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Boy, 9, Loses Feet In St. Paul Train Accident

ST. PAUL, Minn. (WCCO) -- A 9-year-old boy is in the hospital Friday morning after losing both of his feet in an accident involving a train.

St. Paul Police said it happened at about 6 p.m. Thursday near Farrington Street and Ivy Avenue. Neighbors who saw it happen called 911 immediately.

Witnesses said the boy, 9-year-old Marshawn Kenneth Farr-Robinson, had been playing by the train tracks as a moving train went by.

The boy apparently slipped and fell under the wheels of a Canadian Pacific Railway freight train and had both of his feet severed near his ankles. Police said they do not suspect any foul play in the incident, and said it's just a tragic case of an accident where a child was being a child.

The boy was alone at the time of the accident. He was taken to Regions Hospital, where he is recovering from major injuries to both legs. David Thornton is a neighbor who helped Marshawn immediately after the accident.

"The boy courageously crawled from the railroad tracks 100 to 150 feet to where he laid, then we tried to assist him the best we could," Thornton said. "While life is going to be very different from now on, I told him 'You're going to make it, you're going to make it.' He's going to live."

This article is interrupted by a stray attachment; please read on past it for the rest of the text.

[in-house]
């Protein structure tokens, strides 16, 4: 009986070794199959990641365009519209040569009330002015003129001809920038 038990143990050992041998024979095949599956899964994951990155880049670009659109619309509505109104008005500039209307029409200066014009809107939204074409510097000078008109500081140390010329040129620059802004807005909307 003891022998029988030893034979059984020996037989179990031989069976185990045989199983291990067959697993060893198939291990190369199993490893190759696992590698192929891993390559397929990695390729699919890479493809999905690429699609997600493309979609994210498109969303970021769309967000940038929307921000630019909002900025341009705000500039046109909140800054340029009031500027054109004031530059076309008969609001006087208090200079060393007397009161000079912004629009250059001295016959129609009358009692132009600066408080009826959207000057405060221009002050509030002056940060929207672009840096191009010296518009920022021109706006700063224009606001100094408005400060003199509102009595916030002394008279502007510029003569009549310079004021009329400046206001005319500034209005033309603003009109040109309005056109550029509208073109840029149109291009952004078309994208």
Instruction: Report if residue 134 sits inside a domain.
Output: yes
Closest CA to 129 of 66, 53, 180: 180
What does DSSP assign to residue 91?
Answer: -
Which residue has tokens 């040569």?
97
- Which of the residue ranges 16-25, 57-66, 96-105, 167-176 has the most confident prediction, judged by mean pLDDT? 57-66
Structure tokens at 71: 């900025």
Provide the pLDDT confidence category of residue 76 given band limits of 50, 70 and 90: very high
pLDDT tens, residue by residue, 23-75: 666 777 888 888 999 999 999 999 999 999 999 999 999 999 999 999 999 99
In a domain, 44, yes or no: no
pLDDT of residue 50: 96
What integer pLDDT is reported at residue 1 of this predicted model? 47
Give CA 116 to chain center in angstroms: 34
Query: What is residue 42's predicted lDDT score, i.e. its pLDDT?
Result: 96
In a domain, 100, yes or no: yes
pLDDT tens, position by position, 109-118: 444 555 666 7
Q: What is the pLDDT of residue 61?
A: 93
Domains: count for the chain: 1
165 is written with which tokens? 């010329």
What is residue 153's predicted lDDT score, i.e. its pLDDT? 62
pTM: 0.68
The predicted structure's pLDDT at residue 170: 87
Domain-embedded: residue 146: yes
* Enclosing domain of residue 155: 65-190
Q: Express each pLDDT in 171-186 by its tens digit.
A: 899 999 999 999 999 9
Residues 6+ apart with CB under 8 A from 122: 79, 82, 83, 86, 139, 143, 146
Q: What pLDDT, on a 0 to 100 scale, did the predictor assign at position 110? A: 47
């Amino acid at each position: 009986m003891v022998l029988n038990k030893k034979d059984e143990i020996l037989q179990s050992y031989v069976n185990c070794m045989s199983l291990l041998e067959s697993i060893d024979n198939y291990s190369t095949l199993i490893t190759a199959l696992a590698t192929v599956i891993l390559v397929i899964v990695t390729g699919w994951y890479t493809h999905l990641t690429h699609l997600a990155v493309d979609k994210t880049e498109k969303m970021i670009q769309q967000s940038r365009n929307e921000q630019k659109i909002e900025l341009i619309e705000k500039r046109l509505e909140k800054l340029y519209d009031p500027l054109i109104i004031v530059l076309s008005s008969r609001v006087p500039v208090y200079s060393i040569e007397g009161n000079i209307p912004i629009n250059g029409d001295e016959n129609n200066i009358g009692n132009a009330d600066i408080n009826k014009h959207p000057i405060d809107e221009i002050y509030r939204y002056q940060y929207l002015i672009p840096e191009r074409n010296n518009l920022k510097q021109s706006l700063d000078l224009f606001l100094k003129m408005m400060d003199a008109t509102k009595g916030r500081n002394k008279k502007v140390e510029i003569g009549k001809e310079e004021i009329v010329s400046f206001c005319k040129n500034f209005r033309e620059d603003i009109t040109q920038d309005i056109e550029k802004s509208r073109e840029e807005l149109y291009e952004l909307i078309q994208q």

Thornton said the boy just kept asking for his mom after the accident. Neighbors said they'll rally around this family and help them in any way they can.

"It just reminds me what I tell my kids, that it's so important with trains. There are no second chances with trains," he said. "You have to stay away from a moving train. It's fun to watch them go by, but my heart goes out to his family."

Neighbor Pao Xiong often reminds his kids to stay away from the train tracks near their house, but he sees others cross on a daily basis.

"Sometimes they come by track over there, and I tell them to 'Keep off the track' because the train keeps coming," Xiong said.

Vickie Flohrs echoes Xiong's concern about the neighborhood.

"I'm surprised that this hasn't happened before because there's so many that go back there," Flohrs said.

Within 15 minutes of being at the site of the accident, WCCO witnessed several kids crossing the tracks.

Marshawn's condition had not been released.

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